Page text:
• Keeping the outputs or end of the project open allows space for different contributions and varieties of content. It also gives participants the freedom and confidence to overcome any obstacles or preconceptions that they might bring to the situation.
  • The project demonstrated that a project can be serious in intent, enabling international collaboration and artistic exchange, whilst also being humorous, entertaining and enjoyable. This helped to create an environment which, in the final output (Viva The Live!), could be imaginative without being pretentious and incisive whilst also being funny and engaging.


  • The record and archive of the project are available online (see below).
  • The Viva The Live! streamed output demonstrated a way of sharing the work which could be reproduced and/or used again as a platform, though this would be funding-dependent.
  • Follow-up projects developed out of / built on the work will be presented during the summer and autumn of 2022, for example at the LIFT festival.

Project Offshoots: ZAPLAB

The WhatsApp-based instruction-led creative laboratory model of Radio Europa, Brega Parque has since been developed and adapted into four further facilitated sessions titled ZAPLABs. ZAPLAB is a series of prompts, instructions and activities, over 3-8 days, delivered via WhatsApp, asking participants to take on a new ‘role’ in their relationship to their work, questions and context. Each day invites a concrete creative output from participants, some visual/image-based, some text-based, some sound-based, asking participants to engage with their environments in different ways. The tasks start from the individual, encouraging introspection, and work outwards.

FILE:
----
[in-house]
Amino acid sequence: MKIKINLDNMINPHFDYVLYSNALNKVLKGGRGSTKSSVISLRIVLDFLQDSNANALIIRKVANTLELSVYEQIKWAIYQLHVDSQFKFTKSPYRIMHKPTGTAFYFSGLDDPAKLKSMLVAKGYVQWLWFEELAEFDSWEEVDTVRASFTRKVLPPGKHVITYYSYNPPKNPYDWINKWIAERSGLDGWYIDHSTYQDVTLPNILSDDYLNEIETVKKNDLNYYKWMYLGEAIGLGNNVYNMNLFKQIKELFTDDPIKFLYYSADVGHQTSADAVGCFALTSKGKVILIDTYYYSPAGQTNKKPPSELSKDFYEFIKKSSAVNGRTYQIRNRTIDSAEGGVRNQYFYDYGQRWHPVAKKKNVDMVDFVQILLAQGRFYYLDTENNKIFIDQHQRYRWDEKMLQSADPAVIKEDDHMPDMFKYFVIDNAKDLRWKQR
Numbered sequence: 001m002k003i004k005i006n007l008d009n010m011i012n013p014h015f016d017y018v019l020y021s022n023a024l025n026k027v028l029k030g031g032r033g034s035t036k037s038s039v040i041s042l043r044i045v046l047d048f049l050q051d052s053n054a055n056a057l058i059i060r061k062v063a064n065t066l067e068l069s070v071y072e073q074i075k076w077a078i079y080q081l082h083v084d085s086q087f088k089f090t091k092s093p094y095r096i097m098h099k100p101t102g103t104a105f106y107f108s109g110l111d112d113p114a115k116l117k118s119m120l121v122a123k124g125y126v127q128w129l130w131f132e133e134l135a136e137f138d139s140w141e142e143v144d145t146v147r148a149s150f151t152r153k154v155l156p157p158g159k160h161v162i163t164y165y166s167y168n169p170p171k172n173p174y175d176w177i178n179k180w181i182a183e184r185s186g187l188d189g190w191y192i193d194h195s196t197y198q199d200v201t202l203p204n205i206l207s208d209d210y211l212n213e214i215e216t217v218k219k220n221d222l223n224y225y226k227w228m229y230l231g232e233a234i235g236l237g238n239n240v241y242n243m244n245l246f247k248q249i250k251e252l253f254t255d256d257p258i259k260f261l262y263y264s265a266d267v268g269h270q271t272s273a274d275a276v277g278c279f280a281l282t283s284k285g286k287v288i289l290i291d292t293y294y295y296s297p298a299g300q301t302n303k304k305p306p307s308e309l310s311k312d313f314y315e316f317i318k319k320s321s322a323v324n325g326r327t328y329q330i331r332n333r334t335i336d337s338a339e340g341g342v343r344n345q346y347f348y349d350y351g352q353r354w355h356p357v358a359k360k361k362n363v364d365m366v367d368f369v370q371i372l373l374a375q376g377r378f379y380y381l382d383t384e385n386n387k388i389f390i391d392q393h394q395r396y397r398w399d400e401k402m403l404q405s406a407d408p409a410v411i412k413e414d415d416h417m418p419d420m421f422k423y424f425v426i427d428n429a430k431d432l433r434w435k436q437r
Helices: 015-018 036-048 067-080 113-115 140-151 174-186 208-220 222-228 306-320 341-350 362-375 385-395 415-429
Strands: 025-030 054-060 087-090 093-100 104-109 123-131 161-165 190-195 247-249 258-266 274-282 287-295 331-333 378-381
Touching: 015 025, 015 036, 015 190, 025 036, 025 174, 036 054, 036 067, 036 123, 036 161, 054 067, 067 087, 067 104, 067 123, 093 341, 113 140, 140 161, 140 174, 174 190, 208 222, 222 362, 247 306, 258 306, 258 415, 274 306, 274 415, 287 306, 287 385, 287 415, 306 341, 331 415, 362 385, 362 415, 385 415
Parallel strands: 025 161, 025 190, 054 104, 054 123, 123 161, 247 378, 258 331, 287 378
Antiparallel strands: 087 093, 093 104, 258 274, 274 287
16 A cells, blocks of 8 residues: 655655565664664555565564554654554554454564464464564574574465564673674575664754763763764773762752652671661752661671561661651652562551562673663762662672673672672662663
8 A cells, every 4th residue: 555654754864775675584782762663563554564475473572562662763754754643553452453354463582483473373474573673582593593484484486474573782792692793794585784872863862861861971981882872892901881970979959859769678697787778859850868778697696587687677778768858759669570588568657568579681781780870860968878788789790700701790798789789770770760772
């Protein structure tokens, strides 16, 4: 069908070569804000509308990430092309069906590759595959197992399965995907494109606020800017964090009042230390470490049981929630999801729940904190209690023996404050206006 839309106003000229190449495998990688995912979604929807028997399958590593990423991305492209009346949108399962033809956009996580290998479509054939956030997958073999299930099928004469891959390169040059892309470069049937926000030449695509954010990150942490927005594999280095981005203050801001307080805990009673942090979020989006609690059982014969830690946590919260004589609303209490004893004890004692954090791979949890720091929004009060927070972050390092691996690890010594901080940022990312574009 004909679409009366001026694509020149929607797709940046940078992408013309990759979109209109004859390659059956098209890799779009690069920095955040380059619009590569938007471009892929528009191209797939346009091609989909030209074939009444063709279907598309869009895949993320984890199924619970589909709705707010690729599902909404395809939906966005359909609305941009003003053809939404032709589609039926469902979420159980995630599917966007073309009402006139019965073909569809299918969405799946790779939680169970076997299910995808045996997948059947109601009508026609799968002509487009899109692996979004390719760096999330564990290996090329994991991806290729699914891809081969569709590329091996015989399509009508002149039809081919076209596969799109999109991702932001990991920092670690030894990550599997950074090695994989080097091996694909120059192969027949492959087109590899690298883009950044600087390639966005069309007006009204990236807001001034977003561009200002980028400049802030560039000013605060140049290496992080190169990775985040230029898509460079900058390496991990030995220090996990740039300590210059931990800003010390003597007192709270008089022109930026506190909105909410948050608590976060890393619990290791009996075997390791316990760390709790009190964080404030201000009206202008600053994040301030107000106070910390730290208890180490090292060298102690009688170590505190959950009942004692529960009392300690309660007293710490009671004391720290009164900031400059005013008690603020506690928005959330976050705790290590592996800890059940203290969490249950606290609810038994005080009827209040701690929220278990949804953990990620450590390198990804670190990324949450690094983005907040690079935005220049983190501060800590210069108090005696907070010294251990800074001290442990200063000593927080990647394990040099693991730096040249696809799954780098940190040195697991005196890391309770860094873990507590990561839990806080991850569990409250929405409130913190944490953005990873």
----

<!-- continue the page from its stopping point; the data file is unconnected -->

The ZAPLAB model is easy to re-write for various collaborative context and was developed as a means of connecting and cross-pollinating mixed artist, practitioner, researcher and artist-researcher communities. This has been deployed as a creative community-building catalyst in four different arts and arts-research contexts:

  • a scoping workshop for the development of a new Research Institute at the University of Greenwich, London
  • a build-up event to the launch of PARKE (Practice As Research & Knowledge Exchange) Café (University of Greenwich, London)
  • a forum for sharing, developing and hybridising provocations and creative responses as an introduction for a group of performance-researchers working together as a Performance As Research Working Group at the IFTR (International Federation of Theatre Research) World Congress 2022 (Reykjavík, Iceland)
  • a digital laboratory for Portuguese-speaking people (ZAPLAB BR), bringing people together from within a challenging and polarised national political situation as part of the Oi Futuro Cultural Program (Rio de Janeiro, Brazil).

Participants’ daily mini-artworks are shared with the guide-facilitator via WhatsApp and the process culminates in a flexible sharing event (via Zoom, in person, or hybrid), where the content created is amassed, presented as a larger patchwork entity, and interrogated.

Project lead quotation

It helped us to develop what we call our ‘post-immersive manifesto’ as we believe there are problems with the idea of immersive theatre. It [immersive theatre] tends to cater to an audience that can afford really expensive tickets and it promotes this behaviour of greed and pleasure-seeking individualisation of audiences. So, what you have is an opportunity which could be transformative but becomes a way of training how to become the worst version of yourself, elbowing your way out of the way to find a secret location or have a VIP experience.

Instead, we use game design as a creative tool and have spaces where anyone can engage without feeling uncomfortable about its cleverness. Then, once people have not been put off by the way these things are set up, then they can be wild and offer depth and take them on a journey.